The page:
Her Campus Logo Her Campus Logo
The opinions expressed in this article are the writer’s own and do not reflect the views of Her Campus.
This article is written by a student writer from the Her Campus at Merrimack chapter.

I am nothing if not a girl of phrases. I adapt these weird little things that I say, and I just can’t stop. Soon enough, everyone around me is saying them too and we all say the same silly things nonstop. The phrases come and go, but there are some notable ones that my friends and I just can’t get enough of. We kind of sound like an echo-chamber when we’re all repeating each other and saying these phrases over and over. As the semester comes to an end, I feel that it’s only appropriate to recap my phrases this semester and share them with the world. 

  1. In a way 

“In a way” is stolen from one of my good friends from home. It took some time to catch on, but it has now fully made its way into my vocabulary. I use it instead of saying “sort of”, or in trying to get someone to see what I see. For example, someone could show me a shirt they like in a store that is a little funky but a little cute, and my response would be, “in a way” to show that it could work… in a way. It could also be someone asking if I agree or understand and my response could be “in a way” instead of “sort of” or something else along those lines. It doesn’t seem atypical, but I think if used correctly, it can be very funny… in a way. 

  1. The people 

“The people” is a more recent development, and refers to pretty much everybody everywhere all the time. “The people” are just the people of the world, with absolutely no specificity. A classic use of this is “tell the people!” when someone says something a little bit out-of-pocket or funny. However, it can also be used to reference the opinion of “the people”, as in “the people love me” or “the people love this book but I don’t get it” (the people in the second example being everyone on GoodReads that wrote a review). It really doesn’t matter who “the people” are, they just exist to be a silly little phrase.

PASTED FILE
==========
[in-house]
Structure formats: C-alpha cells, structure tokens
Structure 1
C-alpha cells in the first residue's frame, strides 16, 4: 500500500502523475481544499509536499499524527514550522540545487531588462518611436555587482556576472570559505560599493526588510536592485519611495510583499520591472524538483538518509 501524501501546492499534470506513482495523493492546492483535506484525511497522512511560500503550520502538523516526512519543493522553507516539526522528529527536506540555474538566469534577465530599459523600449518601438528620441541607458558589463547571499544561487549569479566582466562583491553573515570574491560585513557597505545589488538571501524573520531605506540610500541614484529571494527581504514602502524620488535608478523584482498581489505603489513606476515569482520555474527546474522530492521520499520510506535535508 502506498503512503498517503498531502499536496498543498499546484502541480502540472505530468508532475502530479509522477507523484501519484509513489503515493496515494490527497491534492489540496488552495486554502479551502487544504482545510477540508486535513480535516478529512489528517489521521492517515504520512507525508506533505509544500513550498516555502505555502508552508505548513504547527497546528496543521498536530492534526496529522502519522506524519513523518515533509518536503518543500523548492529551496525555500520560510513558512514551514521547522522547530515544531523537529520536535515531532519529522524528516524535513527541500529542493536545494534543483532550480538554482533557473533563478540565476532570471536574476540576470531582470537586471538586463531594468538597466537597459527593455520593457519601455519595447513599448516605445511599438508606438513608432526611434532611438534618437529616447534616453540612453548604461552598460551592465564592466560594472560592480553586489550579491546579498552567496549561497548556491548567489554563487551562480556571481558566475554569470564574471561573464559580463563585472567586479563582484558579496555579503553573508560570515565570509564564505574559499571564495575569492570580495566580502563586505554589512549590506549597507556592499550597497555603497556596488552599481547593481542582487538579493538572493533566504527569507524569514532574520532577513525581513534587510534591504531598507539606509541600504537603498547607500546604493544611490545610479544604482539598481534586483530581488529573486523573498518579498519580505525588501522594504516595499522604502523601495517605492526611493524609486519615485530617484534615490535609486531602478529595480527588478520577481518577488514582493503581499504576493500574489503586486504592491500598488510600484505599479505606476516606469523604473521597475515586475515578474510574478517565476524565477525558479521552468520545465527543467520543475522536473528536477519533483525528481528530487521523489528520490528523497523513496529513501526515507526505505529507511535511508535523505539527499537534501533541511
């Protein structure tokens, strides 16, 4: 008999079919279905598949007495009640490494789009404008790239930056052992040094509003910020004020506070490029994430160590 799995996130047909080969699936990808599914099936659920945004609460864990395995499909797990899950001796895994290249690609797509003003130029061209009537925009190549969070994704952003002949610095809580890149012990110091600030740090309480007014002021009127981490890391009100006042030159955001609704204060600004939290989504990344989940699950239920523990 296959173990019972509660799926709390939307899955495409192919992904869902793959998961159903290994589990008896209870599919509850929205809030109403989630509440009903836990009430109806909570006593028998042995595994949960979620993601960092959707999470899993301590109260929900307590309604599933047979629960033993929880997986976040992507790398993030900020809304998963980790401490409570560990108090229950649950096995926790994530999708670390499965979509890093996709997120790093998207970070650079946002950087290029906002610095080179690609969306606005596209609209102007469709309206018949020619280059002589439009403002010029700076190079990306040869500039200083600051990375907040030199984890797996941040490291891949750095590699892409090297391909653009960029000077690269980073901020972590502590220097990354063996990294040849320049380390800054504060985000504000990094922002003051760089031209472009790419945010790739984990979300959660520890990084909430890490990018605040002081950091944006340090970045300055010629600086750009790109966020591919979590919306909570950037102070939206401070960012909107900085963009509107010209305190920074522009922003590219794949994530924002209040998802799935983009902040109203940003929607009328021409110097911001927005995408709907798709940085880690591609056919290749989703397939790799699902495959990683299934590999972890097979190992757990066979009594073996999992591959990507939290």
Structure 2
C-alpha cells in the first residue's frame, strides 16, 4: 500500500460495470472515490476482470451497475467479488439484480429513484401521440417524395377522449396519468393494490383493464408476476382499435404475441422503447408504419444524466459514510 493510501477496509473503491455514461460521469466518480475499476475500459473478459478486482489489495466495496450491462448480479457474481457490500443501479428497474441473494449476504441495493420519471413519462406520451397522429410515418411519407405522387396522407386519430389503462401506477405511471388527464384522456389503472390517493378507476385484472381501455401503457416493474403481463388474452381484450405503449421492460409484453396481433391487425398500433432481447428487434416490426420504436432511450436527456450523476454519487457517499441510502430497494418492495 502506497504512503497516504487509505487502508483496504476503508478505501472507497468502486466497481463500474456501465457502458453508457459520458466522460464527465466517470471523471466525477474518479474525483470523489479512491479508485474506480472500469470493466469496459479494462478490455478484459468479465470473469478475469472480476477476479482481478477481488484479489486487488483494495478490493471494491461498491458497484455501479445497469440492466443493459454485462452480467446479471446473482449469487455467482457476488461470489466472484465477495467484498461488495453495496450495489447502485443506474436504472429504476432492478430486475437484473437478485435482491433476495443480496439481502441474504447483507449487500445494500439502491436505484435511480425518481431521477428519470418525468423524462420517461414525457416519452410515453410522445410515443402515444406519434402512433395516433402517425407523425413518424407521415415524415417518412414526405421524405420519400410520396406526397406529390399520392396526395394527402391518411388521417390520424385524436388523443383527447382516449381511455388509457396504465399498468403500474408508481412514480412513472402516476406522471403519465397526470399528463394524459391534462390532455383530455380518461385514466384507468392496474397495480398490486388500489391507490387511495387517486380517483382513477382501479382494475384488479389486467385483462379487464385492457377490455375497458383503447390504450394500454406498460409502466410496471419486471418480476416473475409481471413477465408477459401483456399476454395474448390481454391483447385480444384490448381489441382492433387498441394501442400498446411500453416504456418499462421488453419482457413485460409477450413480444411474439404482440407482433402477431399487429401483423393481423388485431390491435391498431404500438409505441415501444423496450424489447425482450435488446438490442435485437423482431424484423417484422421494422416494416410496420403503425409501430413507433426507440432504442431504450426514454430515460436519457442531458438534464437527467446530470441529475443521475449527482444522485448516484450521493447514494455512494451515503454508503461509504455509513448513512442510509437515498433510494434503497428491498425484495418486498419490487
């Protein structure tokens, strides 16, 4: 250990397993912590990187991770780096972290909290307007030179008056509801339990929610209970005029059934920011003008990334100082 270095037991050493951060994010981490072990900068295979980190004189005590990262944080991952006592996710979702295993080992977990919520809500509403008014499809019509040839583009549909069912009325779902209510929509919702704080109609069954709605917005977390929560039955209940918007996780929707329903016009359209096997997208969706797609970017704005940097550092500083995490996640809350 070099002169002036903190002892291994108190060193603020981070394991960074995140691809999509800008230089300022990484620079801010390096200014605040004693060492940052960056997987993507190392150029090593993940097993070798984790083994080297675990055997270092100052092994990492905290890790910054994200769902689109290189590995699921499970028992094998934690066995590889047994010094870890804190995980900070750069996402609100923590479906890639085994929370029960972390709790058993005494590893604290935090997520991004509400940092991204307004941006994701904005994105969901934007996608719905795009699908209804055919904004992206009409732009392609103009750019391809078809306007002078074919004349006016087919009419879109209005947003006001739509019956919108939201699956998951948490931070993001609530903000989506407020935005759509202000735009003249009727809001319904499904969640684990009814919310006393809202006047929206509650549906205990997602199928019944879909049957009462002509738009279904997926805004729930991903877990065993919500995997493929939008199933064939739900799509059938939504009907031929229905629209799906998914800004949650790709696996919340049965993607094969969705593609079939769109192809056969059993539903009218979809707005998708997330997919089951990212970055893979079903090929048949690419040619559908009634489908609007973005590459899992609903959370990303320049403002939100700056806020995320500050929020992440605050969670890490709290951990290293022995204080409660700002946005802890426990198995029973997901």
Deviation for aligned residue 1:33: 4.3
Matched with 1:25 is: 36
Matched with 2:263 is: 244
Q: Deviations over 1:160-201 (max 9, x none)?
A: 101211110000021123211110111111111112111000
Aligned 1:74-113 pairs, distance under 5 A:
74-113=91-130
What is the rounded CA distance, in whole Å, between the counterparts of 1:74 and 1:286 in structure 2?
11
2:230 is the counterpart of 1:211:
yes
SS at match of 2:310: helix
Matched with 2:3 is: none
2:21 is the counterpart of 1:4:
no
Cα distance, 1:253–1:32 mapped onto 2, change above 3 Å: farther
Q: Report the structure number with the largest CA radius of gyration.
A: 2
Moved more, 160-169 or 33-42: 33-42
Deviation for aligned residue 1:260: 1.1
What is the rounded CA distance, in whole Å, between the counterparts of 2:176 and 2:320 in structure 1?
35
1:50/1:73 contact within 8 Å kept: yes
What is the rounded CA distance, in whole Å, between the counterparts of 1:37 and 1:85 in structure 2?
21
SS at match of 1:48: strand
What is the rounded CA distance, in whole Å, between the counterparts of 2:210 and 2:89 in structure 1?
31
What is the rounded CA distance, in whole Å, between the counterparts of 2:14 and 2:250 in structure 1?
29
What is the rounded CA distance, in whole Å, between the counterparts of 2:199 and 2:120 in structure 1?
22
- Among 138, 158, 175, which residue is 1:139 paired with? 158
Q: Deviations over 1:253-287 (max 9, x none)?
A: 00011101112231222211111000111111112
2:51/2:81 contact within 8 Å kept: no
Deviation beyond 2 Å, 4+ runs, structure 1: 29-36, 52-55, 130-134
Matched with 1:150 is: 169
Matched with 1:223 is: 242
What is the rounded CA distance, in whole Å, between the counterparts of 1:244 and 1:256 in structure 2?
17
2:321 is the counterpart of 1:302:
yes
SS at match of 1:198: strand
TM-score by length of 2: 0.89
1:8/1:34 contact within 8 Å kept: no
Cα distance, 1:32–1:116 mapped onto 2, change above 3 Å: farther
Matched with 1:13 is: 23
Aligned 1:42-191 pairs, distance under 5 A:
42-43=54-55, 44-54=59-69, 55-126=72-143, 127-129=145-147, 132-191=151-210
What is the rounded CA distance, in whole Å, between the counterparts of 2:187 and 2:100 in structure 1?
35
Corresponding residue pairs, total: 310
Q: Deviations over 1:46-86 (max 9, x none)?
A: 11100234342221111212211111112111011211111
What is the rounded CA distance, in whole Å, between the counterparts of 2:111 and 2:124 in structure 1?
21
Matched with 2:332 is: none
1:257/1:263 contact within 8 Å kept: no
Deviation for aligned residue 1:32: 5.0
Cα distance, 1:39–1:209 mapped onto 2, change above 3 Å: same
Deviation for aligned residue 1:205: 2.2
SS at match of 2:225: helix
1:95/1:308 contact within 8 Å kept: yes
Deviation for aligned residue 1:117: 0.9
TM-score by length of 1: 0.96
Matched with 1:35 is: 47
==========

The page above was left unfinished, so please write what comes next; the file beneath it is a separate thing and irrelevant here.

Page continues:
1. I’m like

This one has truly been an epidemic. It’s used exactly how it sounds– just to describe how you are like. However, it is used slightly in excess and to the point where it doesn’t really make sense anymore. It can be used alone in a state of shock or confusion, or to start a sentence. For example, if someone told me some news that was really weird or shocking, I would just say “I’m like…?” and leave it there. Another option in this same situation would be “I’m like what are you doing?” or something along those lines. It can be used in any state of being like. This one is especially funny sounding when written out, but it really caught on so quickly and is used so regularly. 

  1. So true

A common theme with these phrases is that it gets to the point where they’re used even when they don’t make sense. This is especially applicable here, as “so true” makes sense most of the time, but it gets used to the extent that it doesn’t make sense and is just a little bit weird and funny. When I look it up in my texts, “so true” is used as a response to the following: “this is my rise to stardom I guess”, “at least it was a woman” “…” “My mom is making all four of us go because the patriarchy is bad for everyone, including men!”, or just in response to a selfie or tik tok. It really just means you agree or you get it or they’re right. So true. 

  1. Help

This last one is a term of confusion and dismay. I just got an email from Dunkin’ telling me that I am eligible for presale for their shakers and cocktail tumblers. Help??? Someone did something really weird or random– help!! It gets sort of problematic and especially funny when used in the most mundane settings because you clearly don’t need any actual help. These little exclamations sound funny to us, as well as to the rest of the world, and just add a little variation to storytelling and not understanding things. Like help why would they do that???

Chelsea Miller

Merrimack '25

I am a junior studying Health Sciences with a minor in Biology at Merrimack College